Biochemical changes in Achilles tendon from juvenile dogs after treatment with ciprofloxacin or feeding a magnesium-deficient diet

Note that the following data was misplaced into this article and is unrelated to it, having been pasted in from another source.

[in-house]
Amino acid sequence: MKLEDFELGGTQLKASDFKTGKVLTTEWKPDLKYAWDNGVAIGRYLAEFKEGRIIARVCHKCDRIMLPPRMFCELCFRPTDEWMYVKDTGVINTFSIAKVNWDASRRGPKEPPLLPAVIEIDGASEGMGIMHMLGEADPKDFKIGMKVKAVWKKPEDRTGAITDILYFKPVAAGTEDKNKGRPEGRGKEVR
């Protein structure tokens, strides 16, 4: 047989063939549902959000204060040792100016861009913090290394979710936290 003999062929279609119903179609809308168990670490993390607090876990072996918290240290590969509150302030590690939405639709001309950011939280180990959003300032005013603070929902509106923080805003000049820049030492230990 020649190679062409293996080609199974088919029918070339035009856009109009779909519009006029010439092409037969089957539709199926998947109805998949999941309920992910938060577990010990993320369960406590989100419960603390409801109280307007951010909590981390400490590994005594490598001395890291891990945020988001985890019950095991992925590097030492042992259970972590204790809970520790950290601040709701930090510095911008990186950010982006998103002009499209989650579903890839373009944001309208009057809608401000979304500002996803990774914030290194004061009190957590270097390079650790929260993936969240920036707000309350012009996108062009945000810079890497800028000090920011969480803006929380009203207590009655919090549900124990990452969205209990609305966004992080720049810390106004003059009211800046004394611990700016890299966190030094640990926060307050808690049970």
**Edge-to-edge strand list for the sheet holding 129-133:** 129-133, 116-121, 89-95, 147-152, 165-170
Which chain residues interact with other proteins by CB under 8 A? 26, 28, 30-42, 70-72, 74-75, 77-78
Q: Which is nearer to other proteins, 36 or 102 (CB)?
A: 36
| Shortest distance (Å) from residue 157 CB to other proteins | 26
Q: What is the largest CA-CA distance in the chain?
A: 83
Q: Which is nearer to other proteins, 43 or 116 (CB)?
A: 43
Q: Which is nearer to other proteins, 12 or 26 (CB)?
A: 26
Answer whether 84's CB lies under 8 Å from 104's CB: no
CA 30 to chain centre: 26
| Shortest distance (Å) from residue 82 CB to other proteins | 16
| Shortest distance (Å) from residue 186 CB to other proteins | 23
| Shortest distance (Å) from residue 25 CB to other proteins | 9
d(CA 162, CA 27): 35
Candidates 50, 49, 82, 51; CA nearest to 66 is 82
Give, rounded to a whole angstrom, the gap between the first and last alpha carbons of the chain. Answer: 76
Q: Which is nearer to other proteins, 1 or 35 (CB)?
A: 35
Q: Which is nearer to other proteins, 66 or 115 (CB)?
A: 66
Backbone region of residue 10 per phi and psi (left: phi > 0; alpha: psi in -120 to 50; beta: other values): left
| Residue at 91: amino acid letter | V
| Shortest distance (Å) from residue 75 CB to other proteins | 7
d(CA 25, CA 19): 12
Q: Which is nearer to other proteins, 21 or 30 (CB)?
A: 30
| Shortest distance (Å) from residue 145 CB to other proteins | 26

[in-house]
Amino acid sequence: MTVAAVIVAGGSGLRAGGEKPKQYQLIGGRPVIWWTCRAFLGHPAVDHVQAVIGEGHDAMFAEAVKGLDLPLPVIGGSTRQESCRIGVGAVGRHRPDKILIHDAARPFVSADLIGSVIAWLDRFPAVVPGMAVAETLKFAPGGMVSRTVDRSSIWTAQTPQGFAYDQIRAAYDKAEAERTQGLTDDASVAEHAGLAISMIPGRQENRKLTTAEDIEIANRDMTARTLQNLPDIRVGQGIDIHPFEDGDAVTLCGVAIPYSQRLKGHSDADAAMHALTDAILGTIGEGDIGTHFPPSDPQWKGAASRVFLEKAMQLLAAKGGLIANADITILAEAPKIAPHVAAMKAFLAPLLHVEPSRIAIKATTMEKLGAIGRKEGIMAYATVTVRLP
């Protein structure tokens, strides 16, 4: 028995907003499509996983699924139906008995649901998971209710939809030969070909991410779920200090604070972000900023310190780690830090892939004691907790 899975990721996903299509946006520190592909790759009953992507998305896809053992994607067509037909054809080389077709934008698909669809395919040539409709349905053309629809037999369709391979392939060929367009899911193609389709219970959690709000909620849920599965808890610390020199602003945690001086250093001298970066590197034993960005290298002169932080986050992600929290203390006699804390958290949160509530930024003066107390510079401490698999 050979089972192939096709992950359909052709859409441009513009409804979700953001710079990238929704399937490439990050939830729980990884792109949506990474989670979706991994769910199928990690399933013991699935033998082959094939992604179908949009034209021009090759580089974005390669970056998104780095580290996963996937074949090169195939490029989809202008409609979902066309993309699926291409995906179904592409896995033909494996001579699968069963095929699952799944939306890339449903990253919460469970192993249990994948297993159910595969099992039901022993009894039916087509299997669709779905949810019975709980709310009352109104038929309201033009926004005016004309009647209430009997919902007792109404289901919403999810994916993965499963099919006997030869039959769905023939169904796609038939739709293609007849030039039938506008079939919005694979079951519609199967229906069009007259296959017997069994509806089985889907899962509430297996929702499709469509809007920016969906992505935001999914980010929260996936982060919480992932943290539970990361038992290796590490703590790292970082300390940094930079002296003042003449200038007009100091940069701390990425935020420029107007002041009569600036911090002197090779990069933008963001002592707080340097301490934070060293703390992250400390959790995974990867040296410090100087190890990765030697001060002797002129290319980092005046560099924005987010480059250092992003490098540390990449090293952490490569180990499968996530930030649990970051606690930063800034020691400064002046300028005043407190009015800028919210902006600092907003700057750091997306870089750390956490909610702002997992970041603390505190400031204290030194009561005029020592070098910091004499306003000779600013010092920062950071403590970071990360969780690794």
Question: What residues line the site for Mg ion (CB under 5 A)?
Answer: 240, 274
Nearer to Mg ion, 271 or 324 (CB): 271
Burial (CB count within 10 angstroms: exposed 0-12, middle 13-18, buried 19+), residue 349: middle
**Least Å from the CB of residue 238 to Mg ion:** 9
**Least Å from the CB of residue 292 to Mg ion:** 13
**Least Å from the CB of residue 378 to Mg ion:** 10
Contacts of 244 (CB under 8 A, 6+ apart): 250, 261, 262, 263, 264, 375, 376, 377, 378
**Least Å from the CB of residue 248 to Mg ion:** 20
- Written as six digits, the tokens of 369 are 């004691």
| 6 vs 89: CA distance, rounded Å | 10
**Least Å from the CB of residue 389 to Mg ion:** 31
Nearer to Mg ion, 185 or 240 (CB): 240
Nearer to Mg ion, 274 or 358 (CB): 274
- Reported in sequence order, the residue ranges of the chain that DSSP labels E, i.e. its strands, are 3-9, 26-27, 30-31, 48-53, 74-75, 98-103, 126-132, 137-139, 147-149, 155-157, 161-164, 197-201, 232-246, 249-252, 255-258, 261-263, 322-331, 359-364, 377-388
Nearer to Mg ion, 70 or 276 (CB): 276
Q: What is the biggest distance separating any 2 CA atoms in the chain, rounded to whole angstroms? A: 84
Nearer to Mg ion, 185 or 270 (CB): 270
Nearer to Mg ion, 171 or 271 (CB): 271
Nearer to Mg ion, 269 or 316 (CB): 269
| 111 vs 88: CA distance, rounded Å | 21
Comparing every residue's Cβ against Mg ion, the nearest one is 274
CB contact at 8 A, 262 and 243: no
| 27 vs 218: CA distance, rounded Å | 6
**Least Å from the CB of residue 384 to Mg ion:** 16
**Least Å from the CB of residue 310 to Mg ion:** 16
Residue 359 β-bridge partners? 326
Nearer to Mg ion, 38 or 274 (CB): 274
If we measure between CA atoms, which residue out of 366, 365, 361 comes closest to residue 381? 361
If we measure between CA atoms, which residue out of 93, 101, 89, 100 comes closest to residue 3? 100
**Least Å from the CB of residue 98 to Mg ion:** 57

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Quinolones are antibacterial agents that have the potential to induce Achilles tendon disorders – such as tendinitis or even ruptures – in patients treated with these drugs. We studied the effects of ciprofloxacin on several proteins of Achilles tendons from immature dogs, 10- to 11-weeks-old. The dogs were treated orally for 5 days with 30 or 200 mg ciprofloxacin/kg body weight or with the vehicle alone. Since quinolone-like alterations in joint cartilage were observed in magnesium-deficient animals, another group was fed a magnesium-deficient diet for 6 weeks. At necropsy, tendons (n=3 from each group) were frozen and stored until analysis when they were homogenized in a lysis buffer to release a soluble fraction of the tendon proteins. Densitometric analysis of the immunoblots with anti-collagen type I, anti-elastin, anti-fibronectin, and anti-integrin antibodies showed a significant reduction of all proteins. For example, collagen type I concentrations (mean ±SD, arbitrary densitometric units) were 3190±217 (controls), 1890±468 (30 mg/kg), 1695±135 (200 mg/kg) and 2053±491 in the magnesium-deficient dogs. The differences between concentrations in controls and all treated groups were statistically significant (P<0.01, t-test). Similarly, compared with control samples, relative concentrations of other proteins in tendons from ciprofloxacin-treated dogs (30 mg/kg) decreased by 73% (elastin), 88% (fibronectin), and 96% (β1 integrin) (data from low-dose group only). A very similar pattern of protein alterations was detected in samples from magnesium-deficient dogs. In conclusion, rather low doses of a fluoroquinolone or a diet-induced magnesium deficiency caused similar biochemical alterations in the soluble fraction of proteins from canine tendons. These findings support our hypothesis that quinolone-induced toxic effects on connective tissue structures are due to the magnesium-antagonistic effects of these antibacterial agents. They also indicate that patients with a latent magnesium deficiency could be at an increased risk of quinolone-induced tendon disorders.
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